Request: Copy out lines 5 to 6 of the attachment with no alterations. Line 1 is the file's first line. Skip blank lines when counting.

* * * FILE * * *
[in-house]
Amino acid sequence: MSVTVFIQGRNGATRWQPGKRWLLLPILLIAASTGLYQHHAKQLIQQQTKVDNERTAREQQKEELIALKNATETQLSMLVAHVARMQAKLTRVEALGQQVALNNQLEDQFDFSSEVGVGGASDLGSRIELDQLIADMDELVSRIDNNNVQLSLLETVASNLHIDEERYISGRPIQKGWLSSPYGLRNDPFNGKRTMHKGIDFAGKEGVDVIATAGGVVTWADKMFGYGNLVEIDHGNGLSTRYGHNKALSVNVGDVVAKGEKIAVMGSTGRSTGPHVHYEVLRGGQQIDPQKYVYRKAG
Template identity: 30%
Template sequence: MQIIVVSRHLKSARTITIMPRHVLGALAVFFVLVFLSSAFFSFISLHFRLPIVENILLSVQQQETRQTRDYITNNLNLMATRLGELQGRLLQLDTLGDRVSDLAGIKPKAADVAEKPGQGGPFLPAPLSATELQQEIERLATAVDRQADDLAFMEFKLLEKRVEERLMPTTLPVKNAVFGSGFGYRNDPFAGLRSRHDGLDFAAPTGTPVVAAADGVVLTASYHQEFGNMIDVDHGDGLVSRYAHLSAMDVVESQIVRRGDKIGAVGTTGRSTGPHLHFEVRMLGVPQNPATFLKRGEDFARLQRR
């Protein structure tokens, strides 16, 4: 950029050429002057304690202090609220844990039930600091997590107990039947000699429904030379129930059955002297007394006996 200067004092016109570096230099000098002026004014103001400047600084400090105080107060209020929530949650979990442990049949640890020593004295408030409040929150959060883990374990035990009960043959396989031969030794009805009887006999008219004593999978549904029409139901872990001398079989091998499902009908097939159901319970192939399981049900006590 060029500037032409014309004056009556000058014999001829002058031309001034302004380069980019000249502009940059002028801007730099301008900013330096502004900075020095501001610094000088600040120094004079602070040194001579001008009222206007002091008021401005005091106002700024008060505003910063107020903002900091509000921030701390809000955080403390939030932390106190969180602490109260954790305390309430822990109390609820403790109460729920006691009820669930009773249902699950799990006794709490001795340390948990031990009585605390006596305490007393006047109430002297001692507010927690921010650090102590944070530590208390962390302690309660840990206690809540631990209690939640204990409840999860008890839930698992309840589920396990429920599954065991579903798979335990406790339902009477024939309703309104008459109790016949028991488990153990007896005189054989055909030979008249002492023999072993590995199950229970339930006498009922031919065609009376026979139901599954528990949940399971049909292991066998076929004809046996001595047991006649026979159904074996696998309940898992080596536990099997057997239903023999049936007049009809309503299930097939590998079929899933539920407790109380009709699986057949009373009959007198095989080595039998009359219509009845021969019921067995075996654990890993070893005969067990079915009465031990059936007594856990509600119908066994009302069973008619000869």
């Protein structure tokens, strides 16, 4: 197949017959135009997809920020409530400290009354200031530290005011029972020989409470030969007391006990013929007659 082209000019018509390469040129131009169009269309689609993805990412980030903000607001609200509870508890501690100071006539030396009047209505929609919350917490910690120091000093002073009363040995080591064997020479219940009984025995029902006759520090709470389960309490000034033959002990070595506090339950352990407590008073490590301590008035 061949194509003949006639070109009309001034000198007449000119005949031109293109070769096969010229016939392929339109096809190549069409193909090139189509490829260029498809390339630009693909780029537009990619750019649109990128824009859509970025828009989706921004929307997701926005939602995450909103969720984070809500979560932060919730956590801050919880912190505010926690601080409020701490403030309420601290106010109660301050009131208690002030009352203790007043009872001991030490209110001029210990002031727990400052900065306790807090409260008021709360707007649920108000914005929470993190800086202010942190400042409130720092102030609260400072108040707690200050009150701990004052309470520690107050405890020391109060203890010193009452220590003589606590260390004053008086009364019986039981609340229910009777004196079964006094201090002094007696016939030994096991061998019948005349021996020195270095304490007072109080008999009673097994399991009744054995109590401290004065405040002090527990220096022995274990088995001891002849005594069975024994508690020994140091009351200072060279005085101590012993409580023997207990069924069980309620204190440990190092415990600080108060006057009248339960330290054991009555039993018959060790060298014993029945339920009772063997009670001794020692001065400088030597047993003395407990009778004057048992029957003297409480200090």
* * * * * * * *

């Protein structure tokens, strides 16, 4: 950029050429002057304690202090609220844990039930600091997590107990039947000699429904030379129930059955002297007394006996 200067004092016109570096230099000098002026004014103001400047600084400090105080107060209020929530949650979990442990049949640890020593004295408030409040929150959060883990374990035990009960043959396989031969030794009805009887006999008219004593999978549904029409139901872990001398079989091998499902009908097939159901319970192939399981049900006590 060029500037032409014309004056009556000058014999001829002058031309001034302004380069980019000249502009940059002028801007730099301008900013330096502004900075020095501001610094000088600040120094004079602070040194001579001008009222206007002091008021401005005091106002700024008060505003910063107020903002900091509000921030701390809000955080403390939030932390106190969180602490109260954790305390309430822990109390609820403790109460729920006691009820669930009773249902699950799990006794709490001795340390948990031990009585605390006596305490007393006047109430002297001692507010927690921010650090102590944070530590208390962390302690309660840990206690809540631990209690939640204990409840999860008890839930698992309840589920396990429920599954065991579903798979335990406790339902009477024939309703309104008459109790016949028991488990153990007896005189054989055909030979008249002492023999072993590995199950229970339930006498009922031919065609009376026979139901599954528990949940399971049909292991066998076929004809046996001595047991006649026979159904074996696998309940898992080596536990099997057997239903023999049936007049009809309503299930097939590998079929899933539920407790109380009709699986057949009373009959007198095989080595039998009359219509009845021969019921067995075996654990890993070893005969067990079915009465031990059936007594856990509600119908066994009302069973008619000869």
């Protein structure tokens, strides 16, 4: 197949017959135009997809920020409530400290009354200031530290005011029972020989409470030969007391006990013929007659 082209000019018509390469040129131009169009269309689609993805990412980030903000607001609200509870508890501690100071006539030396009047209505929609919350917490910690120091000093002073009363040995080591064997020479219940009984025995029902006759520090709470389960309490000034033959002990070595506090339950352990407590008073490590301590008035 061949194509003949006639070109009309001034000198007449000119005949031109293109070769096969010229016939392929339109096809190549069409193909090139189509490829260029498809390339630009693909780029537009990619750019649109990128824009859509970025828009989706921004929307997701926005939602995450909103969720984070809500979560932060919730956590801050919880912190505010926690601080409020701490403030309420601290106010109660301050009131208690002030009352203790007043009872001991030490209110001029210990002031727990400052900065306790807090409260008021709360707007649920108000914005929470993190800086202010942190400042409130720092102030609260400072108040707690200050009150701990004052309470520690107050405890020391109060203890010193009452220590003589606590260390004053008086009364019986039981609340229910009777004196079964006094201090002094007696016939030994096991061998019948005349021996020195270095304490007072109080008999009673097994399991009744054995109590401290004065405040002090527990220096022995274990088995001891002849005594069975024994508690020994140091009351200072060279005085101590012993409580023997207990069924069980309620204190440990190092415990600080108060006057009248339960330290054991009555039993018959060790060298014993029945339920009772063997009670001794020692001065400088030597047993003395407990009778004057048992029957003297409480200090």